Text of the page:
Time is running out for holiday home tax relief

Written by Mike

Topics: Investing, Realestate

Although capital allowances are not necessarily a widely talked about subject, you may be more interested than you think after hearing that you might be able to offset your costs on your furnished holiday let, though things are about to change so now is the time to act.

The changes to capital allowances on furnished holiday lettings could see some people missing the opportunity to offset losses potentially worth hundreds of thousands against their rental income.

So what are capital allowances for holiday homes?

In the context of a holiday home capital allowances can include expenditure on:-

– Loose furniture and equipment.
– Air conditioning, heating or ventilation installation,
– Fitted kitchens and bathrooms
– Swimming pools
– Electrical systems (dependant on limitation).

Although the above list seems fairly straight forward it does get a little more complicated as the rate at which this can be written off against tax depends on a number of things, like when the expense took place and the tax year it is claimed in and there are additional considerations for first year allowances and annual investment allowances – with both of these the tax must be claimed within the tax year of expenditure to benefit.

Other qualifying information

The property must be within the UK or a country within the EEA. (For more information on which countries are part of the EEA)
Available on a commercial basis for 140 days of the year (this rises to 210 days from April 2012). Which means that it must be rented out a market rate, meaning no reduced rate for relatives.
The property is actually let for 70 days of the year (this rises to 105 days from April 2012)

Losses made from a furnished home letting business can only set against the income of that business (this change means that after April 2012 only income set against the specific letting business can be offset).

If you are new to furnished home letting you will get a “period of grace” in which you may elect to treat it as continuing to qualify for up to a further two even though it does not achieve 105 letting days in those years.

Another important aspect to consider is you may be entitled to claim up to £50,000.00 of the plant and machinery in the first year under annual investment allowance which was introduced back in April 2008, this was later increased to £100,000.00 for expenditure incurred after April 2009 but after April 2012 will be reduced to £25,000.00.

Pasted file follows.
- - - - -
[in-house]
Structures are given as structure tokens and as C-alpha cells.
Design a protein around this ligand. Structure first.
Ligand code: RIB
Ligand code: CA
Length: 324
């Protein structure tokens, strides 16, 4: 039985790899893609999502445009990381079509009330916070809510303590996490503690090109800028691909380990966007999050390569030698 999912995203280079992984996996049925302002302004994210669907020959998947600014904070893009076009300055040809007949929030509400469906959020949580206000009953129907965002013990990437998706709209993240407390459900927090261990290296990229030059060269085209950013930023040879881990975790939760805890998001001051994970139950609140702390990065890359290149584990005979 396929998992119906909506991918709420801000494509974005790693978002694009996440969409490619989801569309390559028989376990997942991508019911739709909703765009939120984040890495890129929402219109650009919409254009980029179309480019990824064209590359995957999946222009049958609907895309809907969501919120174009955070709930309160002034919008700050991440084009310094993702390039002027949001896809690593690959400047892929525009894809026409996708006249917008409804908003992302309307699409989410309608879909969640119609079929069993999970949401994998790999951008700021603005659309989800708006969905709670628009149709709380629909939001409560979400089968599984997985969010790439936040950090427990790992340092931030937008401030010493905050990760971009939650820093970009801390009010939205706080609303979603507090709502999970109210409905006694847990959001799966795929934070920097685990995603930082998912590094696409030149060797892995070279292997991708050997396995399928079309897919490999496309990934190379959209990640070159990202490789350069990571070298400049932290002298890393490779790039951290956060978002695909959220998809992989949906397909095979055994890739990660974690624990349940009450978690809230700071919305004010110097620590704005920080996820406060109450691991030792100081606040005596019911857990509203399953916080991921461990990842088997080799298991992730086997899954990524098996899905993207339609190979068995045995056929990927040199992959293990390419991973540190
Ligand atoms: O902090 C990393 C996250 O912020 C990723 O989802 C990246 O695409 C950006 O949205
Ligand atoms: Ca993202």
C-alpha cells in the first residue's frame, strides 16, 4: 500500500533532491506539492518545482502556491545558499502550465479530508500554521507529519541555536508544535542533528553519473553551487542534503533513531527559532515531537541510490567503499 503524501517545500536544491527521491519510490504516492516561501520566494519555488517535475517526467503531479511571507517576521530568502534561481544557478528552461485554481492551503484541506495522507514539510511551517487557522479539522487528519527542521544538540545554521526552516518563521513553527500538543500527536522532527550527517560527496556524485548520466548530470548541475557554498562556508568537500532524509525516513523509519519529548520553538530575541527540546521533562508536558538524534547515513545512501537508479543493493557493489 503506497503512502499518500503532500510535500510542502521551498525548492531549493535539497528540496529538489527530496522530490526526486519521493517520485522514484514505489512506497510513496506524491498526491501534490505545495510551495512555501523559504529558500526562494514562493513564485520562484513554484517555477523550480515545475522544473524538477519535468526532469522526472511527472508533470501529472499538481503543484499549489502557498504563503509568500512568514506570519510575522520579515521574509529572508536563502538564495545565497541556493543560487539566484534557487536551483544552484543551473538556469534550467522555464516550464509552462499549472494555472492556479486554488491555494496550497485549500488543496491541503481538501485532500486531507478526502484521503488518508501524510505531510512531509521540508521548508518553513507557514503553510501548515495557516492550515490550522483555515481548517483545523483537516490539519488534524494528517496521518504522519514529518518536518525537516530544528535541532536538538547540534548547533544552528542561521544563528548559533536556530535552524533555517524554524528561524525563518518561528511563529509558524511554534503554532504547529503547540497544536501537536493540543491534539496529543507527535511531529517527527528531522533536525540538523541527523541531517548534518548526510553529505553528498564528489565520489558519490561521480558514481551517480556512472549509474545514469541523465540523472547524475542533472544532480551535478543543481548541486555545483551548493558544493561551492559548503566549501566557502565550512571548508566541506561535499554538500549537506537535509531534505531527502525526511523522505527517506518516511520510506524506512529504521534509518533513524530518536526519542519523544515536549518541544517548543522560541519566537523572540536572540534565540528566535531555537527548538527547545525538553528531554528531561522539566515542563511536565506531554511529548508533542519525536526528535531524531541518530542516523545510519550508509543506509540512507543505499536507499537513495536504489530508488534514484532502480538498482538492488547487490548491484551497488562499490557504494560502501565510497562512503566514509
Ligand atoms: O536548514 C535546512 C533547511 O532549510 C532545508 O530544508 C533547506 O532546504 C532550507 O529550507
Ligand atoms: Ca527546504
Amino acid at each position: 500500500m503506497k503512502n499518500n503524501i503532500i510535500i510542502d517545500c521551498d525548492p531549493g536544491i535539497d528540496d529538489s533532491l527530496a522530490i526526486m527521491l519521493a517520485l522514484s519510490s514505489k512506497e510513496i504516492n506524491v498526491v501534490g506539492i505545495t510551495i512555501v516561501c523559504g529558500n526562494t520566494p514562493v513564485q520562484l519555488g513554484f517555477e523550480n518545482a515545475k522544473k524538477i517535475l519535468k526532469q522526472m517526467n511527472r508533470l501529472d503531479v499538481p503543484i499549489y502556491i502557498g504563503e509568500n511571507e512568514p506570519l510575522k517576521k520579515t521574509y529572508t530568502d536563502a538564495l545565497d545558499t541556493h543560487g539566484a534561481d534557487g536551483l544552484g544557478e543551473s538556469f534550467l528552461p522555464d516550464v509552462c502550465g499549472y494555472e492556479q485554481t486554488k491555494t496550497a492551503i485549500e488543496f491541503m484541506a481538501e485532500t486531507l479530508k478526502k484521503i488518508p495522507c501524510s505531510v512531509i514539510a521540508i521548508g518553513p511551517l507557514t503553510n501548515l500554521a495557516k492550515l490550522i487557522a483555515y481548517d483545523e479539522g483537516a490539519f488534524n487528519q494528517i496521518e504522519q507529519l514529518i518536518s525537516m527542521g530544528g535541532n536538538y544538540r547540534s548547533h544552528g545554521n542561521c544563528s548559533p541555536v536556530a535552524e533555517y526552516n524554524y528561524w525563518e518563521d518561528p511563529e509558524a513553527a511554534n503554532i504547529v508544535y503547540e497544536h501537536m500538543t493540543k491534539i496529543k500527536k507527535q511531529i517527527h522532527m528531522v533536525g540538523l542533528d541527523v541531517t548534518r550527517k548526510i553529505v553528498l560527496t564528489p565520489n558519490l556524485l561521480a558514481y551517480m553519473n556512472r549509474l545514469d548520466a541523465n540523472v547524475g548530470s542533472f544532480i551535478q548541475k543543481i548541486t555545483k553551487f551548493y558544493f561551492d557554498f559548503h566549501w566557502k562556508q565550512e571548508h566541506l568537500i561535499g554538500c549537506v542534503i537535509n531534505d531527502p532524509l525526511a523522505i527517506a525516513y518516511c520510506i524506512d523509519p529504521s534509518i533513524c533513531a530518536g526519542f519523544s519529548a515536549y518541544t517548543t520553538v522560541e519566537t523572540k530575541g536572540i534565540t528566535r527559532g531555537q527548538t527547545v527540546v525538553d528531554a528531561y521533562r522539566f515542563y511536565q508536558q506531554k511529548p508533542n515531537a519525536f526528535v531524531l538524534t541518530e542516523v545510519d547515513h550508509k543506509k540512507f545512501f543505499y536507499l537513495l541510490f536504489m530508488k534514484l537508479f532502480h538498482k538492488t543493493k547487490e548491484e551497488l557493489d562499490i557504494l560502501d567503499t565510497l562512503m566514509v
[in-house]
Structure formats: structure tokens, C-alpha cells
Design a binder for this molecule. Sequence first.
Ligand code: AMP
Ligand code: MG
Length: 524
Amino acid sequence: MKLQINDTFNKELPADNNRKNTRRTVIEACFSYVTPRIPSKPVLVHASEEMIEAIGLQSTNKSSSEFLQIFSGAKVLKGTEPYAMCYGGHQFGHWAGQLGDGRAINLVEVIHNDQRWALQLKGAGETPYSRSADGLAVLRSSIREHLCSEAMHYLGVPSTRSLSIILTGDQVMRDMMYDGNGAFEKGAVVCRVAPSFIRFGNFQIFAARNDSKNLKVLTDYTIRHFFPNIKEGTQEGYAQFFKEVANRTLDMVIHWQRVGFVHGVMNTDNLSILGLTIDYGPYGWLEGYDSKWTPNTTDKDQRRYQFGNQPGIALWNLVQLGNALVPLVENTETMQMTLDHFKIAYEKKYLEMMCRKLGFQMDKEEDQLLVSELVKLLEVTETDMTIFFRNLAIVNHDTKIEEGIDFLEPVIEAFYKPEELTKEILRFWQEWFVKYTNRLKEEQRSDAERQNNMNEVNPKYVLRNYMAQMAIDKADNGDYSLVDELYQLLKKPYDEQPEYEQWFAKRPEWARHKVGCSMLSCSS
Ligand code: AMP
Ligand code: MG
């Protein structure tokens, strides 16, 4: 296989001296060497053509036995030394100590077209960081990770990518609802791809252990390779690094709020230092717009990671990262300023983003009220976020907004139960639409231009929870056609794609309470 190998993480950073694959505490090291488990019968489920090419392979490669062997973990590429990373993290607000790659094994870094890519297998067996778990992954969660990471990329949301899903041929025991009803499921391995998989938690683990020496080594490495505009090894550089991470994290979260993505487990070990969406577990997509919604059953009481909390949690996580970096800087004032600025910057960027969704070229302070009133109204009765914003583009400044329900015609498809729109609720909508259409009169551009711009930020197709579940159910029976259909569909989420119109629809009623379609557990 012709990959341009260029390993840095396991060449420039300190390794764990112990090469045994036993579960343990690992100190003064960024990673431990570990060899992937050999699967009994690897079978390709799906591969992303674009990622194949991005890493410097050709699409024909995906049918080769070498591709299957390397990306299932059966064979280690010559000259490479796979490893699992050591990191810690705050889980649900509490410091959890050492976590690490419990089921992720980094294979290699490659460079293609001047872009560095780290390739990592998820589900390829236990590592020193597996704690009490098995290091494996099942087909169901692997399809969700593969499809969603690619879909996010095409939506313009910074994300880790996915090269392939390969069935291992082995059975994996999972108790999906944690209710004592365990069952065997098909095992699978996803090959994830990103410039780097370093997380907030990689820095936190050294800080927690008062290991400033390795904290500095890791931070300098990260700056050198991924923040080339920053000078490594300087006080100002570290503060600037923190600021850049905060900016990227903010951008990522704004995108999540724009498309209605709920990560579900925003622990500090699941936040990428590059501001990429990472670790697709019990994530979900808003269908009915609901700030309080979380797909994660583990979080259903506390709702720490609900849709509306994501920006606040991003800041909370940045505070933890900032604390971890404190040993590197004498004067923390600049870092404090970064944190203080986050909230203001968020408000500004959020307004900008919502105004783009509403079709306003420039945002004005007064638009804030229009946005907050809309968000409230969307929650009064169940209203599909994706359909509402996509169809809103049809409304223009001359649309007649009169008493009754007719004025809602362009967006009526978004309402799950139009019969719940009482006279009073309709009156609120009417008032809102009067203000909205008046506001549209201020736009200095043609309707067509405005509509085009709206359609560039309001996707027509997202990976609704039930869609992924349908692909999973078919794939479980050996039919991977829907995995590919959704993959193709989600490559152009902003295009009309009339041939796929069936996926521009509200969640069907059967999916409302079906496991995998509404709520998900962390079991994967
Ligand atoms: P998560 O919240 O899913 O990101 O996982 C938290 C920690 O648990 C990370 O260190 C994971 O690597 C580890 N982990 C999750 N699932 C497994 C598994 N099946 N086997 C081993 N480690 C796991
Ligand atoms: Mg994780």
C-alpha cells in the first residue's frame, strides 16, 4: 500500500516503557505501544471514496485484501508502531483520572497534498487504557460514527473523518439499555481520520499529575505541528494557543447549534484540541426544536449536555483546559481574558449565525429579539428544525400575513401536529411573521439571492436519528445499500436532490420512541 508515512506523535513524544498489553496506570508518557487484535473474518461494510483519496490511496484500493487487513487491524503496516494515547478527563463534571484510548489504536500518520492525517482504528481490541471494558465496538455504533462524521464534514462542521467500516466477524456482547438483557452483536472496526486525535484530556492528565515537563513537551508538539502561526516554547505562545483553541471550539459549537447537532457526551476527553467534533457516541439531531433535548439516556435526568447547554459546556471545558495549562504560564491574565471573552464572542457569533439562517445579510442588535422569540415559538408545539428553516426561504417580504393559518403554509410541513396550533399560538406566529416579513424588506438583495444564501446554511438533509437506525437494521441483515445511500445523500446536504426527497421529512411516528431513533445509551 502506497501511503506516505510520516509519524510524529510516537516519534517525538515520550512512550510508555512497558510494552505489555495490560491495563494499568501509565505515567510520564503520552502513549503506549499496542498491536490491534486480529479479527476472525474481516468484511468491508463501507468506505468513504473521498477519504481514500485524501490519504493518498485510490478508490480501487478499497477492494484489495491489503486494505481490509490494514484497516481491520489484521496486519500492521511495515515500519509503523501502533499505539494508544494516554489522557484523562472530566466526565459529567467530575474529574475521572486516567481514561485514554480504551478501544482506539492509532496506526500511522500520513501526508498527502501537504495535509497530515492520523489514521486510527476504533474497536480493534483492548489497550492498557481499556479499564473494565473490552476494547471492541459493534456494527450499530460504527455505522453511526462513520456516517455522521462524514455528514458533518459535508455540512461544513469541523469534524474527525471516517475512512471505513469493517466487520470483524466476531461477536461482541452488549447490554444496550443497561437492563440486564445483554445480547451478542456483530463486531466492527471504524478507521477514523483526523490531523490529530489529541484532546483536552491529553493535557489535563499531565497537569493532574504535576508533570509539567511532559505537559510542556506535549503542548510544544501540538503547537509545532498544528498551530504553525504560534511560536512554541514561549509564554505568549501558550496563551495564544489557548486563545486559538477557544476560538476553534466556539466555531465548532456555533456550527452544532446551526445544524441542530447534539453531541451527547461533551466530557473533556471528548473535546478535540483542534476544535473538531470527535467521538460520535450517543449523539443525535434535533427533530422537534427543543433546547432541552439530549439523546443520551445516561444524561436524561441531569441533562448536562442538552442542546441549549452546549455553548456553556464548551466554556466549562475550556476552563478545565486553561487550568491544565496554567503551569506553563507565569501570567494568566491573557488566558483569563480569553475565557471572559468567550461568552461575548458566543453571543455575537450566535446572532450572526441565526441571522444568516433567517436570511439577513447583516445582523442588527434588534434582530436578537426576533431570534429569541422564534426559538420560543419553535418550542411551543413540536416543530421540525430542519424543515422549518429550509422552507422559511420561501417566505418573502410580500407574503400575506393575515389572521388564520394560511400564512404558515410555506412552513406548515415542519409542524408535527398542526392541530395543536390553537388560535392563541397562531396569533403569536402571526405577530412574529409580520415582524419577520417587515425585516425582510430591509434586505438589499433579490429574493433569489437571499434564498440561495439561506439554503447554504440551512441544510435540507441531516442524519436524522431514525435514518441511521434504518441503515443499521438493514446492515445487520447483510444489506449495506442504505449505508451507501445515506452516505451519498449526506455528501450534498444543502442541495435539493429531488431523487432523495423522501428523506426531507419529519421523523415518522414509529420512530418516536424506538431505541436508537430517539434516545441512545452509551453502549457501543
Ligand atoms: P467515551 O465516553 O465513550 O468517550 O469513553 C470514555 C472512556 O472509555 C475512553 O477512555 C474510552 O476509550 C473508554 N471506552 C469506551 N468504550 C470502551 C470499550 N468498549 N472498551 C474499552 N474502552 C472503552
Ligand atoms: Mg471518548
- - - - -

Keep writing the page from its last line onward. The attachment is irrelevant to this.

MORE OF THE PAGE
It is important to use a capital allowance consultant who after liaising with you will be able to offer you the support needed to claim capital allowances for your holiday letting or any other capital allowance concerns.

The final deadline for claiming capital allowances that would qualify for the 2010/11 tax year is 31 January 2013.

2 Comments Comments For This Post I'd Love to Hear Yours!

  1. Stephen Dunham says:

    The new rules for FHL’s which include the increase in days for letting & the restriction the sideways use of losses actually came into force in April 2011 & not April 2012 as stated in your article. Perhaps you nay wish to correct this fairly fundamental error?

  2. Alysha says:

    Tax experts estimate that capital allowances can be worth between 20 and 30 per cent of the purchase price of a property, equating to a tax saving of between £15,000 and £37,500 on a home worth £250,000. In many instances, once you’ve taken these allowances it is easy for many landlords to fall into red. Under the old rules this meant you could potentially generate a big tax rebate by setting it against other taxable income such as your salary. So for every £1 of loss, that’s £1 of your salary you don’t have to pay income tax on.

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